Raimondo Says US Firms See China Becoming Uninvestible

Commerce Secretary Gina Raimondo said US companies tell her that China is becoming increasingly “uninvestible” because of growing risks to doing business in the world’s second-biggest economy.

(Bloomberg) — Commerce Secretary Gina Raimondo said US companies tell her that China is becoming increasingly “uninvestible” because of growing risks to doing business in the world’s second-biggest economy.

Raimondo, on a visit to China this week, said that US firms face new challenges such as fines and ambiguity around a new anti-espionage law, as well as continuing issues including intellectual-property theft and competition with subsidized Chinese firms.

“Increasingly I hear from businesses, China is uninvestible because it’s become too risky,” Raimondo told reporters while traveling from Beijing to Shanghai on a high-speed train. 

Read more: Raimondo Stresses Optimism on Economic Ties With China’s Premier

“There are the traditional concerns that they’ve become accustomed to dealing with,” she said. “And then there’s a whole new set of concerns, the sum total of which is making China feel too risky for them to invest.”

In discussions with top Chinese officials over the past two days, Raimondo said she raised a number of issues, including specific problems with Intel Corp., Micron Technology Inc. and Boeing Co., as well as other commercial issues. Meanwhile, China asked that the US lower tariffs, cut export controls and scrap plans to limit some forms of outbound investment, Raimondo said, emphasizing that she refused these requests.

Raimondo is the latest high-level official from the Biden administration to travel to China in recent months as part of an effort by the White House to ease tensions between the two powers that have become increasingly strained.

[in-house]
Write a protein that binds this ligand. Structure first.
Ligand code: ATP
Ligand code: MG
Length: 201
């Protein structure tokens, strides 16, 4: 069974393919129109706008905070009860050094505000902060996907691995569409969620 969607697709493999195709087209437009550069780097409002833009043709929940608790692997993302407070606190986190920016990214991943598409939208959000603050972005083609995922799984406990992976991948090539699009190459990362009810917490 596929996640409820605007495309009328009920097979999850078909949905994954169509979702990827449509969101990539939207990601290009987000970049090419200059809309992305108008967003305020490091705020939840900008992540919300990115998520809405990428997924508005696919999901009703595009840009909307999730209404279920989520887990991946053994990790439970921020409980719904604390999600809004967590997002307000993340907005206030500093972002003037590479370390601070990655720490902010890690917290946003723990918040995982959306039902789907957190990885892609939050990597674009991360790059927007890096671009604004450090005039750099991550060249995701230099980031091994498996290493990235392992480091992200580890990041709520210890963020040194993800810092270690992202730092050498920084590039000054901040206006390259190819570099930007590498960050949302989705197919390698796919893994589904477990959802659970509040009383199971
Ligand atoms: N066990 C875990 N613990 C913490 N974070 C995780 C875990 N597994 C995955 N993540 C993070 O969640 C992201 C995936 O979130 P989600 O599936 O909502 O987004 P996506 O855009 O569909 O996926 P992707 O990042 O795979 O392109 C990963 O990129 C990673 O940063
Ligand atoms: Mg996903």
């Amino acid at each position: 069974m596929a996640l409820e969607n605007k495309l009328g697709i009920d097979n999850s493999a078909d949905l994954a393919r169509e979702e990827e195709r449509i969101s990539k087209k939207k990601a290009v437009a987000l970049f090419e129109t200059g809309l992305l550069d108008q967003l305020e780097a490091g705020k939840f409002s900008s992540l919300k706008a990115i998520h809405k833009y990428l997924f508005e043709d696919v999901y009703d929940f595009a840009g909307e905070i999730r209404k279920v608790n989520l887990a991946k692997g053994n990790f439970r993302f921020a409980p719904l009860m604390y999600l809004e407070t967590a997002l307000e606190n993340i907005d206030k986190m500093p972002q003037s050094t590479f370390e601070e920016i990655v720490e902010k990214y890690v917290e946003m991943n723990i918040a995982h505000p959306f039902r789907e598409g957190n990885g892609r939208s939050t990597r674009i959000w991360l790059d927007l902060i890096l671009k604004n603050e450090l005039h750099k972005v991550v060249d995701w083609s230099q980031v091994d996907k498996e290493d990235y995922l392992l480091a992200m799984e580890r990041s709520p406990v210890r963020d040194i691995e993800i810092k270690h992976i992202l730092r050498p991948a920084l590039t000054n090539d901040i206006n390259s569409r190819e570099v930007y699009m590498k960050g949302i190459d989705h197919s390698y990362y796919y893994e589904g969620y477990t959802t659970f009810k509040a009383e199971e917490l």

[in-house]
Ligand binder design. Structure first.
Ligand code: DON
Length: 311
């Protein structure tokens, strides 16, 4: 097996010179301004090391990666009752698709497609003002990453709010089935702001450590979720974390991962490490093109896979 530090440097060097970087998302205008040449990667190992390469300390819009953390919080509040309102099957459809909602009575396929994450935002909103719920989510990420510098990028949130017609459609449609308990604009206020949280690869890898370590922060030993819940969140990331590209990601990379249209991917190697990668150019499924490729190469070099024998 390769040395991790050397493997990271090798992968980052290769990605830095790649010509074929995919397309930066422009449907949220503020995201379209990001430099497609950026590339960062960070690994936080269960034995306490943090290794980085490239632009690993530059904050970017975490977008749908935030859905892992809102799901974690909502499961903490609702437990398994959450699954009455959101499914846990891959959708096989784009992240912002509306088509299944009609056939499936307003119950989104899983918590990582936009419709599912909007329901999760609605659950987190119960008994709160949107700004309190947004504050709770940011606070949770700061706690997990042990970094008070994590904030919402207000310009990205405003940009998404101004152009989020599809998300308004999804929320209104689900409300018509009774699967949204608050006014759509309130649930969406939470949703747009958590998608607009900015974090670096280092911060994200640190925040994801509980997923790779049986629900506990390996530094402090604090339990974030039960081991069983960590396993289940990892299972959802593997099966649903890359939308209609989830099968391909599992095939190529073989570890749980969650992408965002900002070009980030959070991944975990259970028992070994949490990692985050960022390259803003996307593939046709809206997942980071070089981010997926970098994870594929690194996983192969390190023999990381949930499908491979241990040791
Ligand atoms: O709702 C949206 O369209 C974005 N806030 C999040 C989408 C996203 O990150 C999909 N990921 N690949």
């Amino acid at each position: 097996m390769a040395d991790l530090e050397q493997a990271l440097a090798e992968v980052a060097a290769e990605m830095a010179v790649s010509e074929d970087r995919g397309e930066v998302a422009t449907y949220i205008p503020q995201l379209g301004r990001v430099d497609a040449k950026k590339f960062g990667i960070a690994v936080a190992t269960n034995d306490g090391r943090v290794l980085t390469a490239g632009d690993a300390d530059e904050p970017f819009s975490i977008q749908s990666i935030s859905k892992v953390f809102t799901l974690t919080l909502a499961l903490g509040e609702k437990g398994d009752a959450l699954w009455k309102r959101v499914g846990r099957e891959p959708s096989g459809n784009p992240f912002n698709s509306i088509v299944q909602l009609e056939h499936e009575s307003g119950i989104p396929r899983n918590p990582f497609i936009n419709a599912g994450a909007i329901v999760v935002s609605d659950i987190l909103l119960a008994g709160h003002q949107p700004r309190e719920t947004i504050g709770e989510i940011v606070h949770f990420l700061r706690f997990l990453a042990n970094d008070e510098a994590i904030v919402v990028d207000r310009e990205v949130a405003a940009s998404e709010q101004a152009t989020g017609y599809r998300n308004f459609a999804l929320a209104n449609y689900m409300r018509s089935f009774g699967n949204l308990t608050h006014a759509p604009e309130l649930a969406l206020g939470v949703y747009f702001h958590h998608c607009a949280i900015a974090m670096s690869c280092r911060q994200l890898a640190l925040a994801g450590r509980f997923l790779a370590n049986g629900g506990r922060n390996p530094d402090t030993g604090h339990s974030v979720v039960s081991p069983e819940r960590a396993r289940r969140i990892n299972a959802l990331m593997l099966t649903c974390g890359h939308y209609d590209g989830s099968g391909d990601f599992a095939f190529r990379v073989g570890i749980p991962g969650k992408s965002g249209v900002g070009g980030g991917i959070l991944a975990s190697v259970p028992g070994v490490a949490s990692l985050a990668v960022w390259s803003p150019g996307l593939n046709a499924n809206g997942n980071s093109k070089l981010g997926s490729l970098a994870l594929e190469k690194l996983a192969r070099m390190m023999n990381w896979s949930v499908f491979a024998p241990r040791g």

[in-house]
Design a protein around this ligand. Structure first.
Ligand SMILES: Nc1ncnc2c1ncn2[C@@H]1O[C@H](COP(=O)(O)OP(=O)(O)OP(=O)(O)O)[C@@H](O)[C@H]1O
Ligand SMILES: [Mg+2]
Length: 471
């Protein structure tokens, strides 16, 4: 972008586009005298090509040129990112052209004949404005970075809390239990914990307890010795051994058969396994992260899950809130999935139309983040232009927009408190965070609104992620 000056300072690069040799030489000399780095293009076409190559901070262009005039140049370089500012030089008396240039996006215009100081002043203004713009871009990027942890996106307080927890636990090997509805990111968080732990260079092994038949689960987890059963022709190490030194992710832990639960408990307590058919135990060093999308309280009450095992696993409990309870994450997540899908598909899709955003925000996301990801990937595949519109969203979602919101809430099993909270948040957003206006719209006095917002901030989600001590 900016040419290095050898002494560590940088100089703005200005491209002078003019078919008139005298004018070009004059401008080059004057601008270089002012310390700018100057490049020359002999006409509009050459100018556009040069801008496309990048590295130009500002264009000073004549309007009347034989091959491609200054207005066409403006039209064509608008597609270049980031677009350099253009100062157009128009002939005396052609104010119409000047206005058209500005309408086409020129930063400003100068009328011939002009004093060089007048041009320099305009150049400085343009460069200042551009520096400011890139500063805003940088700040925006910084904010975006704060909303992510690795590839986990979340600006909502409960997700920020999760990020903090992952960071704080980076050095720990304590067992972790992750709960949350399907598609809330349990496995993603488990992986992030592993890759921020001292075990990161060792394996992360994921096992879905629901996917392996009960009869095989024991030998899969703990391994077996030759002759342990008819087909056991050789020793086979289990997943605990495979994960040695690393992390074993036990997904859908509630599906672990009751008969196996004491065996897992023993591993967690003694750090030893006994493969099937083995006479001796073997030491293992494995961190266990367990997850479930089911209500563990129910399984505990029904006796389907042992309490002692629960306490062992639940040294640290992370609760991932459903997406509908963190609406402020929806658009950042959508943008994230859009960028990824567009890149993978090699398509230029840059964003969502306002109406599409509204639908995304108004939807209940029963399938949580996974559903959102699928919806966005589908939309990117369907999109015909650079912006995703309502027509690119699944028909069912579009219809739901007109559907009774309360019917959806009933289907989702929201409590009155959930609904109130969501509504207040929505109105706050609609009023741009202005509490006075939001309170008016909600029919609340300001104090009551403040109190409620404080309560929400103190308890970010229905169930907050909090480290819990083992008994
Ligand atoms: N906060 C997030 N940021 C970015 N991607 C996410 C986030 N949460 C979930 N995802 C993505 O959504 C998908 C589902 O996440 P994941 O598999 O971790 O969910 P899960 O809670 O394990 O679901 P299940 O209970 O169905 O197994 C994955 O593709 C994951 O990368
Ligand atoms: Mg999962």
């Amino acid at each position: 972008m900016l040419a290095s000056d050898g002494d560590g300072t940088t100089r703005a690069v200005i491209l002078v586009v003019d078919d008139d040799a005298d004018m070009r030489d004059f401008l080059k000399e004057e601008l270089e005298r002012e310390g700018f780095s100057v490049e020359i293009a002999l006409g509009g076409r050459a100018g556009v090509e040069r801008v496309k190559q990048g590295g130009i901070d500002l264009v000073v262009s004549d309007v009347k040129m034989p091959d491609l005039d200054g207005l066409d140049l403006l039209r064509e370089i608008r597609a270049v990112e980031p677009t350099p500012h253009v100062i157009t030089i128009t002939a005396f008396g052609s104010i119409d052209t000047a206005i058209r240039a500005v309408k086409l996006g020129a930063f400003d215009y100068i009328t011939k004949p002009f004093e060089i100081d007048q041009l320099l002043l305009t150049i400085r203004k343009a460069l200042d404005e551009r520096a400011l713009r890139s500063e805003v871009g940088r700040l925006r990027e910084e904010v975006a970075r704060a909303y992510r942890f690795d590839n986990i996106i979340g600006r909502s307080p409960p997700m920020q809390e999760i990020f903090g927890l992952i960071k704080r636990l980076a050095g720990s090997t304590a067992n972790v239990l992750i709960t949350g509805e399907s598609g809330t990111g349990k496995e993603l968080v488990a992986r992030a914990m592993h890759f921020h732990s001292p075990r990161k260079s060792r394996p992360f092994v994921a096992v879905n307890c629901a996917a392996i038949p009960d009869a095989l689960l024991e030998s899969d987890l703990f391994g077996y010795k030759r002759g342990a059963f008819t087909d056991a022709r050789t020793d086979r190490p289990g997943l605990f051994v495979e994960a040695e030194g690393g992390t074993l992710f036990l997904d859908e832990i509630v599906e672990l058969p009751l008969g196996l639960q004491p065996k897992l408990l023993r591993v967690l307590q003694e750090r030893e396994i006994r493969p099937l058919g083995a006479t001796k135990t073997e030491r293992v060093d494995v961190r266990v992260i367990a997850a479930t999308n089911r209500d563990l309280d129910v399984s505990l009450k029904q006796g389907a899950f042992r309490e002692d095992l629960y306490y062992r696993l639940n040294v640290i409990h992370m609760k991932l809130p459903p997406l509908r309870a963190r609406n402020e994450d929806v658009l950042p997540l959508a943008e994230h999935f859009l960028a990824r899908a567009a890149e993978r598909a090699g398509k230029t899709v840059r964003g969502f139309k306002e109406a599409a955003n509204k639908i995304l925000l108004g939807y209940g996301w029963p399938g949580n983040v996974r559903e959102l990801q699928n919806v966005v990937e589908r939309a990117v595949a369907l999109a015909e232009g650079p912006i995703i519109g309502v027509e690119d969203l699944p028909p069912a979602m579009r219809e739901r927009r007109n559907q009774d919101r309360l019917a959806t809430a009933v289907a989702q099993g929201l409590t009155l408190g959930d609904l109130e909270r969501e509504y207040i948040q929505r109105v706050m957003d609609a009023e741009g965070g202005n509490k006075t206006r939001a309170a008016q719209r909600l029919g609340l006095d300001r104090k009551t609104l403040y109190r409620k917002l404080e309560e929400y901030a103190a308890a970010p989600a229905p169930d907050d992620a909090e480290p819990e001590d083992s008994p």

“Having Secretary Raimondo come here was very important for the business community because her number one job is to promote trade between the United States and China, and AmCham China feels that that’s one of the stabilizing forces in this relationship,” Michael Hart, the president of AmCham China, said in an interview with Bloomberg Television earlier in the day. For US firms in China, “the number one complaint for the last three years has been poor US China relations, and how that overshadows their business.” 

Dual Mandate

As the main promoter of US industries and exports, Raimondo is seeking to boost trade and business while taking a hard line on security issues. On Monday, the two sides agreed to more dialogue on commercial issues and also agreed to set up regular meetings to share information about the enforcement of export control. 

This new “information exchange” aims to build transparency and understanding about US laws, Raimondo said, but does not open the floor to negotiation. The group hosted its first meeting at the assistant secretary level earlier in the day Tuesday and agreed to discuss issues around trade secrets. 

“The very fact that now we would have informal communication, be able to pick up the phone and talk, is a step forward,” Raimondo said. “It doesn’t mean when we talk, I’m going to compromise or concede. It means we have a shot at reducing miscalculation and sharing information.”

Raimondo drew a distinction between Beijing’s policies and the transparency she said the US has provided around export controls. She specifically referenced Micron, which was banned as a supplier for critical infrastructure in May as the Chinese government said that there was a national security risk.

“Our export controls are clear, are transparent,” she said. “There’s been no rationale given around what’s happened to Micron, there’s been limited due process and that’s why I brought it up.” 

The US made clear to the Chinese government that export controls are used strictly for national security purposes, not competitive advantage, Raimondo said. 

However, Chinese government subsidies creating overcapacity – whether in the legacy chip sector or in steel or aluminum – are bad for the market and US companies, she said. 

The US won’t use export controls to deal with any chip glut but would use other tools at its disposal, she said. Last month, Raimondo specifically called out Chinese subsidies of legacy chips as a problem for the US and its allies.

(Updates with AmCham quote in seventh paragraph.)

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